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Vale Pradip Pandya, patriarch of Sydney’s Gujarati community

Sydney’s Gujarati community in mourning after the loss of its patriarch and beacon of light, Pradip Pandya. YOGENDRA BHATNAGAR pays a tribute

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Sydney’s Gujarati community is mourning the loss of a patriarch and a beacon of light. Pradip Pandya, 71, passed away peacefully at his home on 19 November 2022. He fought a courageous battle with acute lymphoblastic leukaemia for the last year and a half. He is survived by his wife Kamini, daughter Purvi and two grandchildren.

Pradip was born in Pune on 14 December 1950. He was one of the six brothers and sisters. He excelled in studies and while pursuing his post graduate degree in science from Gujarat University in Ahmedabad, he met the love of his life, Kamini. Pradip was blessed with an inclination towards – and talent in – a wide variety extra-curricular activities such as sport, theatre, arts, music and poetry. A brilliant athlete, he played many sports with aplomb in his college days. It was the cricket world however, that beckoned most: he excelled as right arm leg spinner for his university team, often getting the player of the march award with bagfuls of wickets in every game. His performance was often reported in newspapers, with headlines reading “Pandya excels”.

Later, he would meticulously record scores and performances of his beloved Indian cricket team. He could at a moment’s notice, recount each play and scores of matches from decades ago – such was his passion for the game.

Pradip Pandya and wife kamini
Pradip with Kamini (Source: Facebook)

He arrived in Australia in 1988, and worked in logistics / demand planning, his longest service being with Energizer. He traveled overseas widely in this role, before finally retiring in 2013.

His advent in Sydney’s Gujarati community triggered a tidal wave of cultural activities.  He was one of the founding members of the Gujarati Samaj, and editor of its monthly newsletter Gurjar. Well versed in the Vedas, Upnishads and Hindu sacred scriptures such as Geeta and Ramanyan, Pradip initiated many spiritual activities in Sydney for the betterment of the community and for the younger generation to understand the roots and traditions of Sanatan Dharma. Most prominent among these was the group called Swadhyaya (self-introspection). He also volunteered to teach Hinduism at schools. He was also part of the community disaster response team that helped educate and support multicultural communities during COVID. He was always willing to lend a helping hand to any venture that brought our community together and promoted our interests.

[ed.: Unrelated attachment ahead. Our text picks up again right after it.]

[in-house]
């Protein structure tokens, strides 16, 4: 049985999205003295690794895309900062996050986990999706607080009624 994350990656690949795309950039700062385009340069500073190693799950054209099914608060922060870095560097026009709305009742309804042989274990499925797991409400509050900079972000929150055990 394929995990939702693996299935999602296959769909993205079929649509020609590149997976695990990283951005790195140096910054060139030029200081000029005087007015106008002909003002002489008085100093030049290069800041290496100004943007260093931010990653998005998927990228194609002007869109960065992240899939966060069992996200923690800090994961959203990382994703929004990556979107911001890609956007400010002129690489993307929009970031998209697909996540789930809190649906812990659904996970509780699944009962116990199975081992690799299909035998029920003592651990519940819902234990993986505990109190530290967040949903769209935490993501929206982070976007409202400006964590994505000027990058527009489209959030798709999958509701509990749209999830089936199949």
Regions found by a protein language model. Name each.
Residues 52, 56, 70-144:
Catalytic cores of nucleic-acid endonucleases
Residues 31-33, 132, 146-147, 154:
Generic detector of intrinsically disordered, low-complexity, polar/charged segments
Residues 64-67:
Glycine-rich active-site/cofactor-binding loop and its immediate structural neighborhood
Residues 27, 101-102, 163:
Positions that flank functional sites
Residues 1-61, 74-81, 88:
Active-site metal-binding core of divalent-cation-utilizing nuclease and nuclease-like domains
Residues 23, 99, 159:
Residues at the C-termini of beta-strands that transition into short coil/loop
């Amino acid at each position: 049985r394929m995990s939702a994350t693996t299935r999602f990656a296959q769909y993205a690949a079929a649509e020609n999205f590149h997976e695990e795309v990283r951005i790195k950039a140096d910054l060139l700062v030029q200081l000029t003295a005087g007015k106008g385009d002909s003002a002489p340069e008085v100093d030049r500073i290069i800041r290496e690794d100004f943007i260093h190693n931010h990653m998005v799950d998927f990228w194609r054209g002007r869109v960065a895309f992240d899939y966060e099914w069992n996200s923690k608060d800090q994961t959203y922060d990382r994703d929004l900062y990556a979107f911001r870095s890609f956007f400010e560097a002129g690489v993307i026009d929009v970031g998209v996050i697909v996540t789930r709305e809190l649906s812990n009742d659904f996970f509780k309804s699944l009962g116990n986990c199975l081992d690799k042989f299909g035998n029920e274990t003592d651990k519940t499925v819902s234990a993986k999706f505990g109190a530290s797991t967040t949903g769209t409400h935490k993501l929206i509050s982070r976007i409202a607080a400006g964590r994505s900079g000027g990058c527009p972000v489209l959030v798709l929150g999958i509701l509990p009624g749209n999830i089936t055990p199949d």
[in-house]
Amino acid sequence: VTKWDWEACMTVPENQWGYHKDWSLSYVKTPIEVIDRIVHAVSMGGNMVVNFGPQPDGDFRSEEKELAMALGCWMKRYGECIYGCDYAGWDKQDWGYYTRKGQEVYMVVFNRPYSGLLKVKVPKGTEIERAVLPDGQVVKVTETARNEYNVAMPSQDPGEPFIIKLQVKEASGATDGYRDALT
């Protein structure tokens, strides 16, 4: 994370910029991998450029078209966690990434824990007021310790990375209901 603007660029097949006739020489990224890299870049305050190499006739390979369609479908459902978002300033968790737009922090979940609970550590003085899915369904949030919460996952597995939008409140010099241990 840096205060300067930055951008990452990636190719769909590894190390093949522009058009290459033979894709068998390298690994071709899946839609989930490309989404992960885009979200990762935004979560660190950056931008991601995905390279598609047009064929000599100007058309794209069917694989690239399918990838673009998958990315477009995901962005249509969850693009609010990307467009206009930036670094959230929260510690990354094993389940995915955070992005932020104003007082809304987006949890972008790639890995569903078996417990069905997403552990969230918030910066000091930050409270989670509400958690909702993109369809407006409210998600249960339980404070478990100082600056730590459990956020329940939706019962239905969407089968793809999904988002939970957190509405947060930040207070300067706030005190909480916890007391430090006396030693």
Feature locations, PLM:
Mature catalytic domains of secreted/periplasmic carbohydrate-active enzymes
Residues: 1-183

Pradip Pandya at dandiya
Pradip Pandya, extreme left, at the dandiya celebrations he helped launch. (Source: Navratri Cultural Group)

This civic-minded spirit was deeply ingrained in Pradip Pandya from his teenage years. During the Indo-China war, he and his friends raised money for the Prime Minister’s Relief Fund, by going door to door to do charity work including cleaning houses and polishing shoes. He also volunteered at the leprosy centre, filling out medical cards and standing alongside people who had been shunned by society. He truly believed that service to others is the service to God.

He was well known for his love of arts -music, dancing, drama and worked hard to promote and support talent in our community and increase reach our traditional arts. He was the founder and a prominent male singer of the Sydney Garba group called Dholida and was also associated with Navratri Cultural Group for more than 25 years.  His home was a hub of cultural activities and focal point of many concerts, dramas, literary and dance performances.  He welcomed everyone with a smile and an open heart.  He himself was an actor par excellence and became a sought-after artiste, singer and musician in the Gujarati and Hindi theatre scene.

He lived for his family, friends and community – and that’s where he excelled with his infinite belief in goodness of the humanity.  He connected with everyone regardless of their age or background. He was loved and respected for his warmth, sense of humour, knowledge about arts, passion for our culture, and generosity of spirit. As a beloved husband, father, grandfather and a friend to all, he will be dearly missed. He will live on in our memories forever. A rare figure who worked up the courage to look beyond our individual personal spheres, Pradipbhai revolutionised the Gujarati arts and cultural scene in Sydney.

Pradip Pandya’s impact was profound in everyone’s life whosoever came in contact with him. However, such a sweet soul was truly meant for so much more, he vanished before we were ready to let him go.

READ ALSO: How Pradip Pandya helped organise Deepavali at church

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